WTI dropped into the low $20s on Wednesday, and the near-term outlook is grim.
Oil lobbyists have pushed Congress for help, and a group of Republican Senators pleaded in a letter to the Saudi government to back off the price war, but there is little evidence to suggest that a dozen U.S. Senators will be able to convince Saudi Arabia to change course.
In any event, the focus of the Senators on the oil glut is troubling, when the global pandemic continues to spread. In Bergamo, Italy, the death toll his climbed so high that the army was called in on Wednesday to move coffins. The number of deaths spiked in Spain, and the spread of the virus is accelerating in the U.S.
In the U.S., the availability of coronavirus tests remains depressingly inadequate, and medical equipment is alarmingly scarce in much of the country. The shortage is set to continue for some weeks. The Centers for Disease Control and Prevention (CDC) has advised healthcare workers to use “homemade masks (e.g., bandana, scarf) for care of patients with Covid-19 as a last resort,” but cautioned that their efficacy is “unknown.”
Without a coherent response, much of the country is going into some form of a lockdown, precipitating an economic crisis, which could yet be compounded by a financial and credit crisis.
As much as some U.S. Senators want to Riyadh to fix the oil market, the reality is that the coronavirus is the overarching story. Oil companies will not climb out of the abyss until governments get a handle on the pandemic. “Unless politicians decide (and get public support) to let thousands (or maybe even millions) of elderly and sick people die from Covid-19, the virus is set to result in a nearly global lockdown situation,” JBC said.
“At pretty much any other time, the industry media would still be full of speculation on Saudi motives, and potential exit strategies, but at this point everybody is busy just catching up to the latest developments” with the coronavirus, JBC Energy wrote in a report.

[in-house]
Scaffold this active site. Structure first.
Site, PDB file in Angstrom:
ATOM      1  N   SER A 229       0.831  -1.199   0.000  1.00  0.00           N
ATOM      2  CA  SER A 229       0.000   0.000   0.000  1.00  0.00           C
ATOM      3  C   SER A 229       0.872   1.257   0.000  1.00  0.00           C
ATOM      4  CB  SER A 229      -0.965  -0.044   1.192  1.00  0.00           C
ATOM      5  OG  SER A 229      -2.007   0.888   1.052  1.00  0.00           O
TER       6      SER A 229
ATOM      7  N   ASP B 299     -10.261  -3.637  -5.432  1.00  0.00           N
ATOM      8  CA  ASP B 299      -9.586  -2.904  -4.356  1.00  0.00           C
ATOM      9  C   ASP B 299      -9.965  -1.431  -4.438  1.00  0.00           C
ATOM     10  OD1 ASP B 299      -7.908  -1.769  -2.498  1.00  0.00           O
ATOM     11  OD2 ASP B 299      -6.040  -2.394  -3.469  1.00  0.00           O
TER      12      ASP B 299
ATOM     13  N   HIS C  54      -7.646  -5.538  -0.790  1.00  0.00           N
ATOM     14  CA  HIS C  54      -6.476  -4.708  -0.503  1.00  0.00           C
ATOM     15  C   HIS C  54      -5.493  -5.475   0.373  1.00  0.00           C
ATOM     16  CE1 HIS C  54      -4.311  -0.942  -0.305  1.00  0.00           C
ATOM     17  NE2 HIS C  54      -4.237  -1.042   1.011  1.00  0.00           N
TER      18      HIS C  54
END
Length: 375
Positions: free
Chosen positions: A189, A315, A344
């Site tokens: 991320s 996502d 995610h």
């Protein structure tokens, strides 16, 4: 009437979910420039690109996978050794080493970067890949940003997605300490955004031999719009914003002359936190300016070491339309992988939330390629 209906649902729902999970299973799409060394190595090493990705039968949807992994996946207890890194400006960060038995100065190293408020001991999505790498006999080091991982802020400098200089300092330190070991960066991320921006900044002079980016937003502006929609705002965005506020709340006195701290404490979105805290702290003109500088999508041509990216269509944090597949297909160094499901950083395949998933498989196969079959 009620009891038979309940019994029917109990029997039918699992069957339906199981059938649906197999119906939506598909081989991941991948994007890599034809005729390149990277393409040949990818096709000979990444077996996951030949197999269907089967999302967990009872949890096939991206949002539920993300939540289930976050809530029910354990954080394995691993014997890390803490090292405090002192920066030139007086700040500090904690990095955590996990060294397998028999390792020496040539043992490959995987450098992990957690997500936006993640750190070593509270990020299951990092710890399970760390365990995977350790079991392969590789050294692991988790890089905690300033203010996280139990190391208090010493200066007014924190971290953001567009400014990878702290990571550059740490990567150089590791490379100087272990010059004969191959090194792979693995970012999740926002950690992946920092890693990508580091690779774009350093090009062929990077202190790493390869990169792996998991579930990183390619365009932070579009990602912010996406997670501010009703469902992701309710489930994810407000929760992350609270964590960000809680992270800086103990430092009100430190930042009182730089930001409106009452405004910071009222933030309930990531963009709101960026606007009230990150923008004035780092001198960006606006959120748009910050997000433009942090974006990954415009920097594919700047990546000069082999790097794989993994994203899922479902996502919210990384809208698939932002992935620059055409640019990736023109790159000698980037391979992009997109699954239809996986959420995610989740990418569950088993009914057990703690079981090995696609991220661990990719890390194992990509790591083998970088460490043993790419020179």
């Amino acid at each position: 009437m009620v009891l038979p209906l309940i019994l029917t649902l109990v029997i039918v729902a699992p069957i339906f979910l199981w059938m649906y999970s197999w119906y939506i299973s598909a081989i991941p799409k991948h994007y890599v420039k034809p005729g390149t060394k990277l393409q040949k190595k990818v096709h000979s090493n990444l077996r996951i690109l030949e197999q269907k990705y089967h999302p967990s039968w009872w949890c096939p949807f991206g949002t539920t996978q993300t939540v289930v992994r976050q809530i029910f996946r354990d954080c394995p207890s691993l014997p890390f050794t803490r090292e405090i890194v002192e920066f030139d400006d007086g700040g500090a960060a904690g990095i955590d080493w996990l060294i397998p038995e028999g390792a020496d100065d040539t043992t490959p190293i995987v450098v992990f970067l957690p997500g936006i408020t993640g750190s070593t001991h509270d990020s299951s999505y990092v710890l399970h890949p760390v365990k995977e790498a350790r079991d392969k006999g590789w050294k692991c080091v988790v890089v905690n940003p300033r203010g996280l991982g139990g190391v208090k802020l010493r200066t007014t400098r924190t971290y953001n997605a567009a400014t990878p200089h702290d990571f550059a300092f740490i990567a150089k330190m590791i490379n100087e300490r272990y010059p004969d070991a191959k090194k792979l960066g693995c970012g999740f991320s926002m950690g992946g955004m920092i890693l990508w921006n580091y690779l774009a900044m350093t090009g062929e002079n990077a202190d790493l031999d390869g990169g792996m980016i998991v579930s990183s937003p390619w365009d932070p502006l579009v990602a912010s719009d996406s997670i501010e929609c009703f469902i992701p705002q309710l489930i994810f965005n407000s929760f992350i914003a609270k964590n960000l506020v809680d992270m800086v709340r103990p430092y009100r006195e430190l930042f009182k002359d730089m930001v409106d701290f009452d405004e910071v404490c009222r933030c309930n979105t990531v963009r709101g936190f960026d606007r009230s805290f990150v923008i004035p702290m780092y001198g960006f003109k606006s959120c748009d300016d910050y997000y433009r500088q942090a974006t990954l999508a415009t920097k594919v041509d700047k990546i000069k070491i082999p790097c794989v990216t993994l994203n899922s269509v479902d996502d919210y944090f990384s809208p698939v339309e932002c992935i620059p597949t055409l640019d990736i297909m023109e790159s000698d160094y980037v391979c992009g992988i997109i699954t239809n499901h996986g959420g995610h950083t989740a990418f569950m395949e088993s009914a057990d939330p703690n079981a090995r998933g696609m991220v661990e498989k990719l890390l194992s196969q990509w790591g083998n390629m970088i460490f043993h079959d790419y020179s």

To be sure, Saudi Arabia is surely sticking the knife in, flooding the market at a time of economic meltdown. But an extra 2-3 million barrels per day (mb/d) of supply pales in comparison to the more than 10 mb/d of demand destruction. JBC said that oil price movements are “coming increasingly from” day-to-day news on the pandemic, rather than from OPEC.
The fastest way out for the oil industry, then, is for governments to slow the spread of the pandemic. The economic crisis can only be resolved when the health crisis is resolved.
Some oil executives still do not see it that way. Harold Hamm’s Continental Resources issued a press release on Thursday that appeared detached from reality. The company sensibly announced 55 percent cut to capex for 2020, but then quickly shifted from the capex numbers to the “illegal dumping” by Saudi Arabia and Russia. “We believe this is a short demand cycle which could see some near-term correction when this illegal dumping practice is halted,” Continental stated.
Characterizing the worst case of demand destruction in history as a “short demand cycle” is wildly off the mark, as is the notion that there could be a “near-term correction” if only the U.S. government would open an anti-dumping investigation.
Other shale companies are more resigned to their fate. The list of drilling companies in various stages of exploring debt restructuring now includes Whiting Petroleum, Antero Resources, California Resources, Chesapeake Energy and Gulfport Energy, to name a few. “At the moment most companies are on life support with the exception of Exxon [Mobil] and Chevron,” an oil and gas banker told the FT.
Occidental Petroleum’s huge dividend cut did not spare the company from seeing its credit rating cut into junk territory by Moody’s.
Shale output won’t drop immediately since E&Ps already drilling wells will likely see their projects through in order to recoup at least some of their costs. Related: WTI Rallies 22% In Panic Stricken Markets
Meanwhile, Canadian oil companies are arguably in even worse shape with Western Canada Select (WCS) dropping as low as $7.47 per barrel on Wednesday. As Bloomberg noted, oil sands producers cannot easily ramp down production, so they may decide to operate at a loss, burning through capital, rather than cut output. However, if WCS prices remain in the dumps for months to come, producers may begin to shut in production.
Shale executives and their Republican allies are right about one thing – Saudi Arabia can clearly outlast Texas drillers, despite notions of American “energy dominance.”
“[P]roducers may drop out of business en masse, in some cases for good,” JBC Energy concluded. “And in one year’s time, Saudi Arabia may sell 10 million b/d at $40 instead of 7 million b/d at $50.”
By Nick Cunningham of Oilprice.com
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